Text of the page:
Regardless of whatever it's true origins are St Patrick's Cross is a historical flag of Ireland, it is one of the few all island flags, and a symbol which I think is often neglected North and South, and I would like to see more of it on St Patricks Day as it does bear the saints name (if it has any connection to him is debateable)Feel Free to Comment and happy St Patricks Day.

Monday, 10 March 2014

Rathlin Island

Today I am going to post a flag design for a small spit of land off the coast of County Antrim. Rathlin Island is an important nature reserve for the Royal Society for the Protection of Birds (RSPB) and is Northern Ireland's only permanently inhabited island, home to a population of about 100 and steadily growing. Amongst other things it saw the first ever use of the wireless telegraph and was home to King Robert I (The Bruce) of Scotland for a year. this short clip tells you most of the things you need to know about the island.
Just in case you don't know where about it is here is a map:
The island has no flag unlike other islands around the British Isles like the Isle of White, Orkney or Portland to name just a few. 
I have visited Rathlin a few times and one time I saw this flag flying:
At first I thought this to be the island flag, however it is the banner of Robert the Bruce (or at least a version of it as there seems to have been a number of similar heraldic arms which are claimed to have been Robert the Bruce's coat of arms).
The island has some strong Scottish links in its past Robert the Bruce one of Scotland's greatest heroes took refuge there and it was ruled by the Antrim branch of the Clan MacDonald for a couple of hundred year.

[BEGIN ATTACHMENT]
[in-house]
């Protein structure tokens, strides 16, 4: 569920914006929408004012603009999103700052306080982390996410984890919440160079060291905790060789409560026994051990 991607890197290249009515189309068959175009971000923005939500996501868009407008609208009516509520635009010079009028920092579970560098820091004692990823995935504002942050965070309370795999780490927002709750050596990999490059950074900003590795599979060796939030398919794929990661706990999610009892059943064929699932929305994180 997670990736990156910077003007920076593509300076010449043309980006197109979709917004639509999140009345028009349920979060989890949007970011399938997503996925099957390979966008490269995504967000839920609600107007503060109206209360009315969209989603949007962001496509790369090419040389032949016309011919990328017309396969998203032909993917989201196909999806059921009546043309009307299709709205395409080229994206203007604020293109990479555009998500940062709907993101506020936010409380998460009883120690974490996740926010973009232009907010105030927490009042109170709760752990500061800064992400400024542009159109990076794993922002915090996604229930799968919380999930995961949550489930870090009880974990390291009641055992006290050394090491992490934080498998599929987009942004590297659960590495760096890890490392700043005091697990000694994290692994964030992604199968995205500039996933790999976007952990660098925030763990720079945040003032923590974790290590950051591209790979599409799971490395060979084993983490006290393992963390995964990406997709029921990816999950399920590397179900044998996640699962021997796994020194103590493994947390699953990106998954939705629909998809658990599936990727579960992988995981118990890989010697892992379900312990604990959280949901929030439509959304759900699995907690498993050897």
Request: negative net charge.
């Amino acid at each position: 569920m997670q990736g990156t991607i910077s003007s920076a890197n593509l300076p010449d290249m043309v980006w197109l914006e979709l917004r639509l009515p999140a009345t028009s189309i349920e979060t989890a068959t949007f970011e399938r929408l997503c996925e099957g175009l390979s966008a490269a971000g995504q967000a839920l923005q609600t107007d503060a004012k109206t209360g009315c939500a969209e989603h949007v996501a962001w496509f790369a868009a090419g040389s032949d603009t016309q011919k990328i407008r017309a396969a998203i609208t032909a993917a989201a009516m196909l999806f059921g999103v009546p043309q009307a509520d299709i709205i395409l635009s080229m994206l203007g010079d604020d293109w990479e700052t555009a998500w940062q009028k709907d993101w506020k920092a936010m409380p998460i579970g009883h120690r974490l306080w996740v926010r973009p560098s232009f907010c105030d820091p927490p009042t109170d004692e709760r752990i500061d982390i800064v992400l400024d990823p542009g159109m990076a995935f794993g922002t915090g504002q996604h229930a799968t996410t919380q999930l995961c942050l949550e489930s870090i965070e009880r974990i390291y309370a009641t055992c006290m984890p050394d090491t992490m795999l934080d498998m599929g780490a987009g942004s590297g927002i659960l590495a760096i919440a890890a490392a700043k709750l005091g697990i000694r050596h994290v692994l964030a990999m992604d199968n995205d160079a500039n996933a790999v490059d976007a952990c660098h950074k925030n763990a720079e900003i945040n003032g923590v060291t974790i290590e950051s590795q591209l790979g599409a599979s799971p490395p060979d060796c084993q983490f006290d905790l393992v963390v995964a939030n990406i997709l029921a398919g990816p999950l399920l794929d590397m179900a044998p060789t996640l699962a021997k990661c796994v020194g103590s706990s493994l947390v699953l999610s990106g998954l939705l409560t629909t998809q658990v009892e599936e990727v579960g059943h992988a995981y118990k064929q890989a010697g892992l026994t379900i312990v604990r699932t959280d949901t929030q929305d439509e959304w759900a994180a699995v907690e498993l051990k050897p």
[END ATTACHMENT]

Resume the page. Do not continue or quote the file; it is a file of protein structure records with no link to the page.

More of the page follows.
My flag design is really a combination of the Cross of St Patrick, Arms of the House of Bruce, and of County Antrim:
 The fact that the Cross of St Patrick and the most of the versions of the Bruce Arms feature a red saltire is a fortunate coincidence as it was incredibly easy to combine them this way.  The towers in the chief and the red lion with a cross come from the Antrim coat of arms.
The symbolism of Robert the Bruce, is evident. The Cross of St Patrick represents the Irish and/or N.Irish identity of the island and the Antrim Arms reflect the County which has jurisdiction over the island.
The towers represent history, heritage but also suggest security, safety and constancy. the Puffins head is reflective of the bird sanctuary and the importance of the wildlife to the island. Although there are a number of colonies of distinctive and rare species on the island the puffin is arguably the most famous and distinctive. The ship on the bottom often features on various coats of arms of members of the MacDonald Clan. It symbolises the island's past rulers and is also reflective of the many shipwrecks that litter the seabed around the island. It also symbolises the natural link between Rathlin's inhabitants and the sea, which any island community is bound to have.  

 please leave a comment.

Saturday, 8 March 2014

IRFU flag

Because it is almost certain we will win the Six Nations here is a post with the Irish Rugby flag and anthem: 

Thursday, 6 March 2014

UK banknote redesign

This post came about after a discussion about money. The new plastic banknotes of the bank of England to be exact. This got me thinking of a new design for a UK banknote.